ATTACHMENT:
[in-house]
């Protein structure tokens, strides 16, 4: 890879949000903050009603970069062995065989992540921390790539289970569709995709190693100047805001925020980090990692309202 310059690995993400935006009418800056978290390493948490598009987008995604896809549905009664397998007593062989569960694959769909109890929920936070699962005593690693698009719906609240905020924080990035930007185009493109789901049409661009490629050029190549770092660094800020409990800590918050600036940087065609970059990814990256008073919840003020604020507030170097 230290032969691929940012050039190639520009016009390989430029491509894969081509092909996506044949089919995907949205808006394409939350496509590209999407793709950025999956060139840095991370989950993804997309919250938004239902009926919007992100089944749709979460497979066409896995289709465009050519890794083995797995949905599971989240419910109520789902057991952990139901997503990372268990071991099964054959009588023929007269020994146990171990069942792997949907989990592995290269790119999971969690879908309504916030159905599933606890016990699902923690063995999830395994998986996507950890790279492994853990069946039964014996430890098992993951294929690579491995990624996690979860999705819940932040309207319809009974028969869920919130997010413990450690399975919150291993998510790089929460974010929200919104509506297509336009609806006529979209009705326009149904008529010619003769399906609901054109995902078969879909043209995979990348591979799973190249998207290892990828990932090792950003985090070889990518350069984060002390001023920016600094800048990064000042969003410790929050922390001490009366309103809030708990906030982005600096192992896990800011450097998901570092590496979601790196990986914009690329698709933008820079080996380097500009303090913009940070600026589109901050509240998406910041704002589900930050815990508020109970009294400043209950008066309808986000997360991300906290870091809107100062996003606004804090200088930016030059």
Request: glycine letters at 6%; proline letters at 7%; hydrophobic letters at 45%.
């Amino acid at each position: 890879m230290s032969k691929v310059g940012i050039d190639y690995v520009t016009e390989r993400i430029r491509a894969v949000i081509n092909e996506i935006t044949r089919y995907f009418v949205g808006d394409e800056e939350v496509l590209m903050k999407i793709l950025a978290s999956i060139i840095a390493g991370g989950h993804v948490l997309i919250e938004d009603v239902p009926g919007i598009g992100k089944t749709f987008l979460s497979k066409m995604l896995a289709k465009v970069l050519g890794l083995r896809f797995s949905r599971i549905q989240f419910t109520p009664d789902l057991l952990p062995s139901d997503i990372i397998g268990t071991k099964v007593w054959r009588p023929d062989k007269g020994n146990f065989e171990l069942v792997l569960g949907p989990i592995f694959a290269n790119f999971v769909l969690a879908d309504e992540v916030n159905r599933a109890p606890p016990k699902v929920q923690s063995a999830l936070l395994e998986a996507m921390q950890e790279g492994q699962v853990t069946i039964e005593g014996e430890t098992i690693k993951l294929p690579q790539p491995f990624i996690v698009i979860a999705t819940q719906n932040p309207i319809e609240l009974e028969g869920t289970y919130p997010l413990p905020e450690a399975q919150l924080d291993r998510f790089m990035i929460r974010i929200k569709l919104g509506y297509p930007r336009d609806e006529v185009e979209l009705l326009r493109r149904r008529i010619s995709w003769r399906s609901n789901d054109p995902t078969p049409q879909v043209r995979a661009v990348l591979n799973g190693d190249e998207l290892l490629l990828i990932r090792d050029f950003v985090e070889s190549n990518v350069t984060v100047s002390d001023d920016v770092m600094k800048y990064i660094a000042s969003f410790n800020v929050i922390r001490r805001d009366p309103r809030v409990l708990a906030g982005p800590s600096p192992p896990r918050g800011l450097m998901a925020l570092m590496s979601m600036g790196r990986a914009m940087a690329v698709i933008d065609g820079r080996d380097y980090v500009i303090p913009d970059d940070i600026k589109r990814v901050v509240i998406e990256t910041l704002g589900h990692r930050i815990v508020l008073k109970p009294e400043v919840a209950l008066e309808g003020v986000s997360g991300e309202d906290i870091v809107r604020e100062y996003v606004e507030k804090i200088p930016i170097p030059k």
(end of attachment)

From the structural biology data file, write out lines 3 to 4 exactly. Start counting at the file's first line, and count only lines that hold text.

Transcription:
Request: glycine letters at 6%; proline letters at 7%; hydrophobic letters at 45%.
């Amino acid at each position: 890879m230290s032969k691929v310059g940012i050039d190639y690995v520009t016009e390989r993400i430029r491509a894969v949000i081509n092909e996506i935006t044949r089919y995907f009418v949205g808006d394409e800056e939350v496509l590209m903050k999407i793709l950025a978290s999956i060139i840095a390493g991370g989950h993804v948490l997309i919250e938004d009603v239902p009926g919007i598009g992100k089944t749709f987008l979460s497979k066409m995604l896995a289709k465009v970069l050519g890794l083995r896809f797995s949905r599971i549905q989240f419910t109520p009664d789902l057991l952990p062995s139901d997503i990372i397998g268990t071991k099964v007593w054959r009588p023929d062989k007269g020994n146990f065989e171990l069942v792997l569960g949907p989990i592995f694959a290269n790119f999971v769909l969690a879908d309504e992540v916030n159905r599933a109890p606890p016990k699902v929920q923690s063995a999830l936070l395994e998986a996507m921390q950890e790279g492994q699962v853990t069946i039964e005593g014996e430890t098992i690693k993951l294929p690579q790539p491995f990624i996690v698009i979860a999705t819940q719906n932040p309207i319809e609240l009974e028969g869920t289970y919130p997010l413990p905020e450690a399975q919150l924080d291993r998510f790089m990035i929460r974010i929200k569709l919104g509506y297509p930007r336009d609806e006529v185009e979209l009705l326009r493109r149904r008529i010619s995709w003769r399906s609901n789901d054109p995902t078969p049409q879909v043209r995979a661009v990348l591979n799973g190693d190249e998207l290892l490629l990828i990932r090792d050029f950003v985090e070889s190549n990518v350069t984060v100047s002390d001023d920016v770092m600094k800048y990064i660094a000042s969003f410790n800020v929050i922390r001490r805001d009366p309103r809030v409990l708990a906030g982005p800590s600096p192992p896990r918050g800011l450097m998901a925020l570092m590496s979601m600036g790196r990986a914009m940087a690329v698709i933008d065609g820079r080996d380097y980090v500009i303090p913009d970059d940070i600026k589109r990814v901050v509240i998406e990256t910041l704002g589900h990692r930050i815990v508020l008073k109970p009294e400043v919840a209950l008066e309808g003020v986000s997360g991300e309202d906290i870091v809107r604020e100062y996003v606004e507030k804090i200088p930016i170097p030059k």